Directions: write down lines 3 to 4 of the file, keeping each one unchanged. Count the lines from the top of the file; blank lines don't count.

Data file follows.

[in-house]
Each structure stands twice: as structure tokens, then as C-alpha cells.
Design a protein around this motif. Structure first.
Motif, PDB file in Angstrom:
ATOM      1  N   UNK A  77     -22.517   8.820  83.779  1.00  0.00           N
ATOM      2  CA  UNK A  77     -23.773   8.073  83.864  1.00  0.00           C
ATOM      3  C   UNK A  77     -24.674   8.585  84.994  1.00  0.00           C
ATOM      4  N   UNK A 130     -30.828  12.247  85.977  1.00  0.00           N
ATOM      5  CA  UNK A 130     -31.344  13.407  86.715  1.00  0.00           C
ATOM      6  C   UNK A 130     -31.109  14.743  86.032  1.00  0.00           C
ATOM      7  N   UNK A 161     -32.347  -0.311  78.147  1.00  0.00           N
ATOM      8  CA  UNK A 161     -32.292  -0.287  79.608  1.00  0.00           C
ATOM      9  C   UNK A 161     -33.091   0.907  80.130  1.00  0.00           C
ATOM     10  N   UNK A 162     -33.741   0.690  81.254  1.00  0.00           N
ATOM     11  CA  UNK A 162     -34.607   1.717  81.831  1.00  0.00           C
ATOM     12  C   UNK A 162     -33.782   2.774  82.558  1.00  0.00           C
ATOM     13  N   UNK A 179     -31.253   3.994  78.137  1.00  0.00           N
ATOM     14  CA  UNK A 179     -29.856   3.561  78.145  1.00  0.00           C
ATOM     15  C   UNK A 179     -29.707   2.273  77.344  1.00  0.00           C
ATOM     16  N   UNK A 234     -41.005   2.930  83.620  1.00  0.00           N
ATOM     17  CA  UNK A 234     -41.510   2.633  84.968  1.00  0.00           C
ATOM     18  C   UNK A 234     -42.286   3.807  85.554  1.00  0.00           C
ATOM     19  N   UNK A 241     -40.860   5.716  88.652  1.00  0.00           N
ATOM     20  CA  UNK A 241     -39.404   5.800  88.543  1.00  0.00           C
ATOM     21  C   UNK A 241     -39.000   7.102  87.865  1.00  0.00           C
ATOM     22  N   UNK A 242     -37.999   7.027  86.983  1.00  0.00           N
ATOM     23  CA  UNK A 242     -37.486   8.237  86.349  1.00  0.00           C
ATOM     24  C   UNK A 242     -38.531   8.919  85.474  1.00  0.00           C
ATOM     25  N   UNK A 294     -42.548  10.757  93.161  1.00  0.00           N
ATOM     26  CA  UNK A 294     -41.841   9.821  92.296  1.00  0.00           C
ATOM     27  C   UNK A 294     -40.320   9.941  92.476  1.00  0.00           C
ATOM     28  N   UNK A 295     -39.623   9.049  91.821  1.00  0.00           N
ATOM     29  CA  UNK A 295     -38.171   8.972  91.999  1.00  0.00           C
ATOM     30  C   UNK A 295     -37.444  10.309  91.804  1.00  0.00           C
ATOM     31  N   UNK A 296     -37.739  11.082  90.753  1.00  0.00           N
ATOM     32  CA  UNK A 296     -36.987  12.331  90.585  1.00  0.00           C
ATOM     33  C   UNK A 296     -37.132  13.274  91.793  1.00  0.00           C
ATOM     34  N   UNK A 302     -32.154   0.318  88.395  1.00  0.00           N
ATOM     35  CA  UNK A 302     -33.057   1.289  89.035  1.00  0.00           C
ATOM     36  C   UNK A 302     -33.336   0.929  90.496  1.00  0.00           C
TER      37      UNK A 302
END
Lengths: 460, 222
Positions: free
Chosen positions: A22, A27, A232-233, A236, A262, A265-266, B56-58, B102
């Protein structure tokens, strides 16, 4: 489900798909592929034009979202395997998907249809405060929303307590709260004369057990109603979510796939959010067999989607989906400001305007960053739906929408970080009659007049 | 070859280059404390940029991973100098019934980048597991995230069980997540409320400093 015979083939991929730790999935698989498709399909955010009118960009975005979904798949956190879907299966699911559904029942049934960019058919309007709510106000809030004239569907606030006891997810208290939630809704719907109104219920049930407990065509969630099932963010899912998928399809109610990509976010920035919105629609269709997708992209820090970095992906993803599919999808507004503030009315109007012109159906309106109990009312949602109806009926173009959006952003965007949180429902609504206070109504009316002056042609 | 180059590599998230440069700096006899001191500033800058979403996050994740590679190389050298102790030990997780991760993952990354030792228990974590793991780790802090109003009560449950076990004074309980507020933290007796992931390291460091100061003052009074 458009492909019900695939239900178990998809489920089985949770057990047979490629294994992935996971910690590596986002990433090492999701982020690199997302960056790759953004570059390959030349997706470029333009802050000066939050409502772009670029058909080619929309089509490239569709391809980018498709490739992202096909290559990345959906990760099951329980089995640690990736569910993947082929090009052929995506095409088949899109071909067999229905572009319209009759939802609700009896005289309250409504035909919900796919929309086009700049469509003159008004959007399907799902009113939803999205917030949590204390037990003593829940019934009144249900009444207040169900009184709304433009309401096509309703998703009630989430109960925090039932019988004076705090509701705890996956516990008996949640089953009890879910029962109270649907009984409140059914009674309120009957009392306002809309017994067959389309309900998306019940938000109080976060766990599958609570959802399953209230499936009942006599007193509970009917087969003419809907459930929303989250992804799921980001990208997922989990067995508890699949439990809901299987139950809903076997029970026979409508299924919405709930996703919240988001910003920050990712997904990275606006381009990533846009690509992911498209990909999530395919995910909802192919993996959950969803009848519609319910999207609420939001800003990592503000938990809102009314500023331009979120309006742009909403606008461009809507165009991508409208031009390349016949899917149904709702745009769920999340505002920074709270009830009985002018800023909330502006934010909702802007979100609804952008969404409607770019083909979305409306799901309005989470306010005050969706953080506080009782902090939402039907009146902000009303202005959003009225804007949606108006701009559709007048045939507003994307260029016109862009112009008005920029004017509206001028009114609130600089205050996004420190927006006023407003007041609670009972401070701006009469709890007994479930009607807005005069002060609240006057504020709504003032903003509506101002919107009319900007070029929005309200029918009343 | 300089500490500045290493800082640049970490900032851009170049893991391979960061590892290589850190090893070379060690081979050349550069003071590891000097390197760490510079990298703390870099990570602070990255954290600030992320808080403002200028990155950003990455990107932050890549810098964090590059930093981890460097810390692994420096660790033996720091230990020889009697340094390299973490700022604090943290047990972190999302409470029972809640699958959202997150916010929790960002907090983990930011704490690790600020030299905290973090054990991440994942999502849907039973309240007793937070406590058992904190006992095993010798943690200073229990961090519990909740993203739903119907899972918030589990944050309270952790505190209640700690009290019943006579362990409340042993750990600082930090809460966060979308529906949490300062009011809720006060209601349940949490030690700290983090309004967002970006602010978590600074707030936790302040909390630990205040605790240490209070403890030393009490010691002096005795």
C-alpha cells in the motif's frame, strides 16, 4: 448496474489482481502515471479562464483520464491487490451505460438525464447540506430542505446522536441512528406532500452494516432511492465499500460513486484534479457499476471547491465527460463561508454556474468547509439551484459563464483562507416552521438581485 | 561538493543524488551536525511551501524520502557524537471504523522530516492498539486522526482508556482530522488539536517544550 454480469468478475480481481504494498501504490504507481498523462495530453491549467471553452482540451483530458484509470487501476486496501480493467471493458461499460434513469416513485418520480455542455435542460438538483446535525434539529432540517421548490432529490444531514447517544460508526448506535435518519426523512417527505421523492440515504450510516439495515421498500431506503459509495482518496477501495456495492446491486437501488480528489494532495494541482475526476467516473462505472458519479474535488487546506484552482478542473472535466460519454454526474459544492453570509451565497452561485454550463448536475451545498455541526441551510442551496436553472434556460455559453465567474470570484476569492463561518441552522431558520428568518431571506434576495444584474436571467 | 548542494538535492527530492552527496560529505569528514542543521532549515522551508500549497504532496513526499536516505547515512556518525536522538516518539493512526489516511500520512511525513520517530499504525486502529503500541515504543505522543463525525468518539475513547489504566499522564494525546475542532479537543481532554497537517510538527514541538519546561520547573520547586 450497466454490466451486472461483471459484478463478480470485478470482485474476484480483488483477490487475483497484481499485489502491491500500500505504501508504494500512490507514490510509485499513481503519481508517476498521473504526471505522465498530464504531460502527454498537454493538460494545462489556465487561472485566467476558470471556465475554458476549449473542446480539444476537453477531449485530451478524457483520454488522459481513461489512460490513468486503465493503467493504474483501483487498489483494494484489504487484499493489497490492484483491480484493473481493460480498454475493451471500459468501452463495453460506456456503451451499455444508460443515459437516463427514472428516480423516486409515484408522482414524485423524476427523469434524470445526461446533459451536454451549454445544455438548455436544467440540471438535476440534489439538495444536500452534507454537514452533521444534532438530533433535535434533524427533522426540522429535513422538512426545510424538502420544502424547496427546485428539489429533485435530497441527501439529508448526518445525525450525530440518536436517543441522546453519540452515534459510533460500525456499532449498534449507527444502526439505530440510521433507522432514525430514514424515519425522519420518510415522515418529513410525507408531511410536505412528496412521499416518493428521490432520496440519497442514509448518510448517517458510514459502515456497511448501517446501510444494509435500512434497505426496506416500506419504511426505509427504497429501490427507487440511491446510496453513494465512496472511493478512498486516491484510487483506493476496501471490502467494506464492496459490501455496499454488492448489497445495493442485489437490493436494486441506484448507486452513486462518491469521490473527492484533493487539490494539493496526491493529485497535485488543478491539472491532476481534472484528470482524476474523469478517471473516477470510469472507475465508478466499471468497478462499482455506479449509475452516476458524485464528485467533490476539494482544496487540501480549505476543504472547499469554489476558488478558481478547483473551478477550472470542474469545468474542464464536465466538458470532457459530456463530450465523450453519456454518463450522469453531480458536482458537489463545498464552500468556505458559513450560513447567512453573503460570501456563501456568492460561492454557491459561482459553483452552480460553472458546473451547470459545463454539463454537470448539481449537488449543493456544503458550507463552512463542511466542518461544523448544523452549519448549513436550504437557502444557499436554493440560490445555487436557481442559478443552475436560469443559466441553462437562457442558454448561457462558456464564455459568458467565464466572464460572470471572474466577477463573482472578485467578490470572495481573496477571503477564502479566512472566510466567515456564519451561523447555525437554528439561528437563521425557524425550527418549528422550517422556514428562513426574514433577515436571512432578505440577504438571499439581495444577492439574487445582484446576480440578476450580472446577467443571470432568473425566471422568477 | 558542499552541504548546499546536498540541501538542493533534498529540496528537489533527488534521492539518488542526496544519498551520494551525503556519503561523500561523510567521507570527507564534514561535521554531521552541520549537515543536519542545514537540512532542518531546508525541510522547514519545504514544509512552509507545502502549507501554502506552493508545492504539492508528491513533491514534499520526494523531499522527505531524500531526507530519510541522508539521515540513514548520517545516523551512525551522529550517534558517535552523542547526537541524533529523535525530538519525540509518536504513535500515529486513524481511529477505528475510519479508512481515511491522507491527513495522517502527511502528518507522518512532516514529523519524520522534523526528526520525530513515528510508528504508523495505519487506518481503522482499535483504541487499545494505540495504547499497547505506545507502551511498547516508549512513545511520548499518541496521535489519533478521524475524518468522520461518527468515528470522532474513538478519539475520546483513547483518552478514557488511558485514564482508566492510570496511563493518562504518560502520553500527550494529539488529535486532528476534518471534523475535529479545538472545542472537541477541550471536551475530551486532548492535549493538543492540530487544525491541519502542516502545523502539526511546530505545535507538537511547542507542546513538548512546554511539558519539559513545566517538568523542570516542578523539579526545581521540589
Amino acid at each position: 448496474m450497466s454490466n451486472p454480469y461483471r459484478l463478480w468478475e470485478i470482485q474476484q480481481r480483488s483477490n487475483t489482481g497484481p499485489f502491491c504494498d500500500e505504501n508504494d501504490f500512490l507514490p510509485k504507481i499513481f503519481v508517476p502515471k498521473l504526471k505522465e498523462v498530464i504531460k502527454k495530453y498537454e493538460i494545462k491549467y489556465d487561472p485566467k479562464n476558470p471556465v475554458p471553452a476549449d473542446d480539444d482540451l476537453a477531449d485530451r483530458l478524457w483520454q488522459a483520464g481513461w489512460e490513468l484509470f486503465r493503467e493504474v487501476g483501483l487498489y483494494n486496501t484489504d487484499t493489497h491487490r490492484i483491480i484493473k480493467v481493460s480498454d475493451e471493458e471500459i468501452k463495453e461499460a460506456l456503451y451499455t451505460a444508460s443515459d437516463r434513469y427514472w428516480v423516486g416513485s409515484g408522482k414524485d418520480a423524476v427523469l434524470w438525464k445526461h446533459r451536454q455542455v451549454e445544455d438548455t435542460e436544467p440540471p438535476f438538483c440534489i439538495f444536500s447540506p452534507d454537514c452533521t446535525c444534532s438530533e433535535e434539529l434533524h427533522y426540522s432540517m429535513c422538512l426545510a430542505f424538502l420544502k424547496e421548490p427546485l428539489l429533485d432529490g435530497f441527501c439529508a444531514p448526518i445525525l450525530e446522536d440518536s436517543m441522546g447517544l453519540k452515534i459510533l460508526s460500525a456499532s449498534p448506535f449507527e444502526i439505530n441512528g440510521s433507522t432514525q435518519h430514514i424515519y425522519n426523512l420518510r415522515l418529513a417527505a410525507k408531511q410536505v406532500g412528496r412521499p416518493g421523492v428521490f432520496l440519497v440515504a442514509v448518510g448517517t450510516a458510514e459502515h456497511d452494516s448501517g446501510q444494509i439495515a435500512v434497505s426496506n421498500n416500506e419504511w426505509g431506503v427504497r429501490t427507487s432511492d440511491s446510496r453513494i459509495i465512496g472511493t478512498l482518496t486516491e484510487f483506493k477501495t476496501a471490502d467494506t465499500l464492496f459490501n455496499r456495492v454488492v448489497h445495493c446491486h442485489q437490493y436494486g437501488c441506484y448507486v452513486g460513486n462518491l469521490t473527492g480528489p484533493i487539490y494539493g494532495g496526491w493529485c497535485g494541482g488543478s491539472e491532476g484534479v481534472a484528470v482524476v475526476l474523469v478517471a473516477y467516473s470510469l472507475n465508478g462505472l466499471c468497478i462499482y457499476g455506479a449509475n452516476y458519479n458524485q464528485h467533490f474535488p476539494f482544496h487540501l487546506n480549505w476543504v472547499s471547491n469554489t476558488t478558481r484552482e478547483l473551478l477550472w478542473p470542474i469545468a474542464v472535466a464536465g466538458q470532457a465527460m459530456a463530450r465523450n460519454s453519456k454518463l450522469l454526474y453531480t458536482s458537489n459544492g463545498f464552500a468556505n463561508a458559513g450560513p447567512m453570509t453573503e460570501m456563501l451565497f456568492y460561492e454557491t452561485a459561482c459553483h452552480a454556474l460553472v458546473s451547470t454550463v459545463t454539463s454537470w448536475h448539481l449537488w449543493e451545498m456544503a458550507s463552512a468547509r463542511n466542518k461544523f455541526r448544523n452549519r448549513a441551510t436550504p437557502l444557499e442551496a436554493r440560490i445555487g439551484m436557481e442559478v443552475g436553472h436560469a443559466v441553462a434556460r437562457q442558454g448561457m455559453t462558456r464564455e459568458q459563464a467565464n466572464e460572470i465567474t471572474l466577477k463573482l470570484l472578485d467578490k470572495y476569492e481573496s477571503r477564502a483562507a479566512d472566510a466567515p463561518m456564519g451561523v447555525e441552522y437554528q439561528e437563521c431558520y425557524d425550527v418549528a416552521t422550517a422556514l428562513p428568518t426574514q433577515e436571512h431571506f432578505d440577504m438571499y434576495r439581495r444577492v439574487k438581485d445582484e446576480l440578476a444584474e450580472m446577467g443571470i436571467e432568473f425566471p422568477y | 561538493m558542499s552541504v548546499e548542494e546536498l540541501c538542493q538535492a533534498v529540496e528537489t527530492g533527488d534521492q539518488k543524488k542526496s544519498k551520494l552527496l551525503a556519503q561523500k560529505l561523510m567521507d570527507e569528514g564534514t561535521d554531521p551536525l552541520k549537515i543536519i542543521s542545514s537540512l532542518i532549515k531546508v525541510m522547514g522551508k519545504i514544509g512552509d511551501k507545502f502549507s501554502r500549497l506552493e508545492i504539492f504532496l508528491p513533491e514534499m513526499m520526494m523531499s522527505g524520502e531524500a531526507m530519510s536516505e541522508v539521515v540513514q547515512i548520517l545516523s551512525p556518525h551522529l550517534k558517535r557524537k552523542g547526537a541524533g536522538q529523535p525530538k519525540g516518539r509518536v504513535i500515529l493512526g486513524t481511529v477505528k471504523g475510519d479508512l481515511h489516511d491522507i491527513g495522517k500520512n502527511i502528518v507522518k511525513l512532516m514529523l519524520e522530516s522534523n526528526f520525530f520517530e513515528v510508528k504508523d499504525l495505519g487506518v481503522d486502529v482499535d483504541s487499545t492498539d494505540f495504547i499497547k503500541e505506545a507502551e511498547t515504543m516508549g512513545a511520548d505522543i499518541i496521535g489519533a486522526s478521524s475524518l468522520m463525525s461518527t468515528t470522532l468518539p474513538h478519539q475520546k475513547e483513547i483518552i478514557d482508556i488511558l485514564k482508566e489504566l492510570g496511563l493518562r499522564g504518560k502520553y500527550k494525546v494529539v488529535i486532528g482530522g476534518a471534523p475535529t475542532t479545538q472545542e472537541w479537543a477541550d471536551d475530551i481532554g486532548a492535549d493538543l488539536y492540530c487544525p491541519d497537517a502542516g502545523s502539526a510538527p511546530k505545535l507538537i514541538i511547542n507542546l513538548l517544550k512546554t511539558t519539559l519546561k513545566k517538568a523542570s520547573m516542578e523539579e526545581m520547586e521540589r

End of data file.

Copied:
Design a protein around this motif. Structure first.
Motif, PDB file in Angstrom: